Ms. canon law single leaves written and illuminated in Bologna, Italy, ca. 1330-1335.
Each of the four leaves of M.716 initiates a major division of the Decretales of Pope Gregory IX, with its corresponding miniature: M.716.1 illustrates the Prologue; M.716.2 Book I; M.716.3 Book II; M.716.4 Book III. The location of the opening leaves for Books IV and V, or indeed the remainder of the manuscript, is unknown.
Decoration: M.716.1: recto blank; on verso, 1 2-column miniature, 4 historiated initials, intertextual marginal vignettes; M.716.2: on recto 1 2-column miniature, 1 historiated initial, and historiated intertextual marginal vignettes illustrating the Doctrine of the Trinity and aspects of the Catholic Faith; on verso: 1 small miniature of the Nativity and Annunciation to the Shepherds; M.716.3: 1 1-column miniature, 2 historiated initials, historiated intertextual marginal vignettes; M.716.4: 1 2-column miniature, 2 historiated initials, historiated intertextual marginal vignettes.
Artist: Master of 1328.
Texts: M.716.1: Decretales of Pope Gregory IX, Prologue incipit; M.716.2: Text and gloss of Bernardo Bottoni on the recto continue the prologue to the Decretales initiated on the verso of M.716.1; at the lower right-hand text column is the rubric for the incipit to Book I: De summa trinitate et fide catholica. On the verso, the rubricated incipit is repeated at the top of the left-hand column, and the text for Title 1, Chapter 1 opens Firmiter credimus et simpliciter confitemur. (M.716.2 was originally the recto page of the elaborate double opening for this text with M.716.1, a configuration first devised around the end of the thirteenth century and used by artists working in the Byzantinizing style. The earliest illuminated manuscripts of this text customarily began with the prefacio and its illustration on the recto of the first folio, the decoration for Book I falling on its verso.); M.716.3: Decretales, Book II incipit; M.716.4: Decretales, Book III incipit.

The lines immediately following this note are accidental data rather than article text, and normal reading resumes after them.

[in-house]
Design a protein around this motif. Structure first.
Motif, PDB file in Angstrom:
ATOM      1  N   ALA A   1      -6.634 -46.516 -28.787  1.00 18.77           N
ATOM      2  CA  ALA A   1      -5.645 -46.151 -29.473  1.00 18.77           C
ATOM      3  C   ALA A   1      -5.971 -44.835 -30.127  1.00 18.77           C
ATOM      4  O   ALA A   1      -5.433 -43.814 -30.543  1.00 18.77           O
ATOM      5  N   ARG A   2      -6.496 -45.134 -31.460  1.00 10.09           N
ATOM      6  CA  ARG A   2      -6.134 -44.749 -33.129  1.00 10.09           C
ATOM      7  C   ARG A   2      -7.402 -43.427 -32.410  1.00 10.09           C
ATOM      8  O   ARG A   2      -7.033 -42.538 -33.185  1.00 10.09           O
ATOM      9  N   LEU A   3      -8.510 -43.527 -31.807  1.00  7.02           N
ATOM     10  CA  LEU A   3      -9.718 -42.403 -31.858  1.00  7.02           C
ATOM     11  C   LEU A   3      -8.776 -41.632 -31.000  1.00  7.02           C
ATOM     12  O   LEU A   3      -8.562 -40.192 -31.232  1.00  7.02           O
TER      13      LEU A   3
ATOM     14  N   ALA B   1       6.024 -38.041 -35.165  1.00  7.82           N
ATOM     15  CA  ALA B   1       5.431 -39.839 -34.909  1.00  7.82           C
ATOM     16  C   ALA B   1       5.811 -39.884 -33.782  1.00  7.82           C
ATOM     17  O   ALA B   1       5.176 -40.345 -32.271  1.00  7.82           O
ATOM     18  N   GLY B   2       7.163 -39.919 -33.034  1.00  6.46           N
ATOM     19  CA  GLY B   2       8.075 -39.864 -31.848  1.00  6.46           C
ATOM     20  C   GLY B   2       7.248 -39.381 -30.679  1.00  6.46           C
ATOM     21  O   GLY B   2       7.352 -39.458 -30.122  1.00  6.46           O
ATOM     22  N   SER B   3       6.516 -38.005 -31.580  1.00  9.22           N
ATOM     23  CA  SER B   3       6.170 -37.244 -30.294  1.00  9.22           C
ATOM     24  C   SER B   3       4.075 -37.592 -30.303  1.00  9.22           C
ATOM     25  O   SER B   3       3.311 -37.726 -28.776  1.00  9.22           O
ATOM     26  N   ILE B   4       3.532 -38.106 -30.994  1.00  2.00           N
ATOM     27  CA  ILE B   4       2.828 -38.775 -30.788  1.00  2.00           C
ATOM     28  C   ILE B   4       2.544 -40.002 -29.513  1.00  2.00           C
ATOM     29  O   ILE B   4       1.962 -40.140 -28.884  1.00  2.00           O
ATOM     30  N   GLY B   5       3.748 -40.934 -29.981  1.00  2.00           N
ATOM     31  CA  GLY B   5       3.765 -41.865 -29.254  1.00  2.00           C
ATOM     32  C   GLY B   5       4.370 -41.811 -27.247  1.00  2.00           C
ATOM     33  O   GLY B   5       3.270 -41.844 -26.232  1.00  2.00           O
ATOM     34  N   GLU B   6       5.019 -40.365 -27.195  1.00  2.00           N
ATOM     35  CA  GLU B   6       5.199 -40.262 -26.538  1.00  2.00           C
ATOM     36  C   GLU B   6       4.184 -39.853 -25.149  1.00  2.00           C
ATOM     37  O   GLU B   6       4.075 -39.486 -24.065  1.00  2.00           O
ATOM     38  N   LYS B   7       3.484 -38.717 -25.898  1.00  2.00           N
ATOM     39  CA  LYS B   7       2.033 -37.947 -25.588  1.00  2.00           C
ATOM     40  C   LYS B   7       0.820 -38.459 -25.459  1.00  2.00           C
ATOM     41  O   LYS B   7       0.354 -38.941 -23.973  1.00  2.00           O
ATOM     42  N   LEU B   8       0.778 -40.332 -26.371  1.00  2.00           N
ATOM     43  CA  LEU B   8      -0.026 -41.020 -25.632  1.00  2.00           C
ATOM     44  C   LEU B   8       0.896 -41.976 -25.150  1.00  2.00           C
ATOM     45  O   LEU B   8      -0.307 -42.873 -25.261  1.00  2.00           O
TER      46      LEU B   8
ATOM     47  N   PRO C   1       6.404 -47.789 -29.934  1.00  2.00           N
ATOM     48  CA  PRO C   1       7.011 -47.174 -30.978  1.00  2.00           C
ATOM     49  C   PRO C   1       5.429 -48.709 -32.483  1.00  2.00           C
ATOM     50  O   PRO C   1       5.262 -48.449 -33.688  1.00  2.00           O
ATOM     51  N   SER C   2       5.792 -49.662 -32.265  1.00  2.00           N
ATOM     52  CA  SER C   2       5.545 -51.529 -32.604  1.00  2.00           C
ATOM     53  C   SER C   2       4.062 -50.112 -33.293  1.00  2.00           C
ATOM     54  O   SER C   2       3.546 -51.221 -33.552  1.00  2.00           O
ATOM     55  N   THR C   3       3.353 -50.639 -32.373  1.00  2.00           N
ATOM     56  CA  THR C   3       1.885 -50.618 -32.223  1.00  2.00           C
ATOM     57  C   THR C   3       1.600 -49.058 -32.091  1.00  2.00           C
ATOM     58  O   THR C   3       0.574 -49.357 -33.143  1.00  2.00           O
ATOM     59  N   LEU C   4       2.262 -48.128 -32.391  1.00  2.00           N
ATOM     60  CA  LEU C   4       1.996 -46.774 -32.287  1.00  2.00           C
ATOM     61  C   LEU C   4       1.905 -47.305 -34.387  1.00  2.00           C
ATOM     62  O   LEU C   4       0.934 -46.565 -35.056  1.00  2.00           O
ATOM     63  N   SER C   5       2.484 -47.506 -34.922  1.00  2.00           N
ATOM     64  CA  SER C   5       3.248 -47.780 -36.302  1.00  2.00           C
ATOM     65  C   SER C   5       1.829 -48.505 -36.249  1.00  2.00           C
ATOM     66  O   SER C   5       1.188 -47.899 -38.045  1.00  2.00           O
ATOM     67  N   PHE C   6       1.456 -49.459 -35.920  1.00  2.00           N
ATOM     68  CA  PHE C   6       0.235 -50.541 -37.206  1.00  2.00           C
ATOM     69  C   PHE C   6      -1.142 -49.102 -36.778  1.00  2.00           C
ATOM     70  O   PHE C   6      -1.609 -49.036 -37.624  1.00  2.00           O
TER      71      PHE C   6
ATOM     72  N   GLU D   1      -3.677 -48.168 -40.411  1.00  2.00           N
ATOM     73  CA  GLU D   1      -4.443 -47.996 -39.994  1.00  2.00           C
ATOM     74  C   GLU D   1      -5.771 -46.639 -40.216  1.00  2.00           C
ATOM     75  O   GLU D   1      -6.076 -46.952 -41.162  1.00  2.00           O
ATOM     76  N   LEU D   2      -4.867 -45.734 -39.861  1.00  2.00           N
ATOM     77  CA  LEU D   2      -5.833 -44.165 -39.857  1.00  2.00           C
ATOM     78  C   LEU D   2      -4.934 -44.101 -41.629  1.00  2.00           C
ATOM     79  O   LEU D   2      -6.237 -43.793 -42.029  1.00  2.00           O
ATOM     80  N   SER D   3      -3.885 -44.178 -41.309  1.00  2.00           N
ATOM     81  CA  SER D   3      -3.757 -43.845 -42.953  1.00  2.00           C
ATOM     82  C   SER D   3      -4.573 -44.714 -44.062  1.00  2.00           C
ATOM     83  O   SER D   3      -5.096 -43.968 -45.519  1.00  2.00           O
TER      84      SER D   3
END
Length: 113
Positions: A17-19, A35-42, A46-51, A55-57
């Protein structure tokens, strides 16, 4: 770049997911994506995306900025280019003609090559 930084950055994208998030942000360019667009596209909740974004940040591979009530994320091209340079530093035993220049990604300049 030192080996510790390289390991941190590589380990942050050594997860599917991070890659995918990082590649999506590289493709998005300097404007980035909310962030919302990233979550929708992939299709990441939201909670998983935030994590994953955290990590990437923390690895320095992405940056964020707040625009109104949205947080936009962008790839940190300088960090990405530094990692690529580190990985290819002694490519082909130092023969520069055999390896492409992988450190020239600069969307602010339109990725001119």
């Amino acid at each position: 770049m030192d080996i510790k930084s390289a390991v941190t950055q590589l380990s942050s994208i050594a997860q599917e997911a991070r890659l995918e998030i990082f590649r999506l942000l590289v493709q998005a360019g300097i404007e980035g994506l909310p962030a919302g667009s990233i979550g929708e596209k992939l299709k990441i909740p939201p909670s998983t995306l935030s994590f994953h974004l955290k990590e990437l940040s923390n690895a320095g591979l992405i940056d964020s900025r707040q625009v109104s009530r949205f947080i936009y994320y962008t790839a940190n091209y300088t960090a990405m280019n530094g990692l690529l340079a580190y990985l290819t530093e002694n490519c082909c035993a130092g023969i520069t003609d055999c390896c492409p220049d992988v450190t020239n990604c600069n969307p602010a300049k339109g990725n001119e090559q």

This leaf, and three others in the Morgan, are all that remain of a once splendid copy of Gregory's Decretals. The frontispieces for Books IV and V may yet turn up. This leaf was the beginning of Book III, dealing in part with the participation of the lay congregation in the Mass, the subject of the large miniature. Within the initial U (of ut) a monk receives his tonsure, while in the border below is an unusual depiction of people swimming. The Master of 1328 was one of the finest Bolognese artists before Niccolò da Bologna. His name is derived from the register he made in that year for the Haberdashers of Bologna (Bologna, Museo Civico Medievale, MS. 633).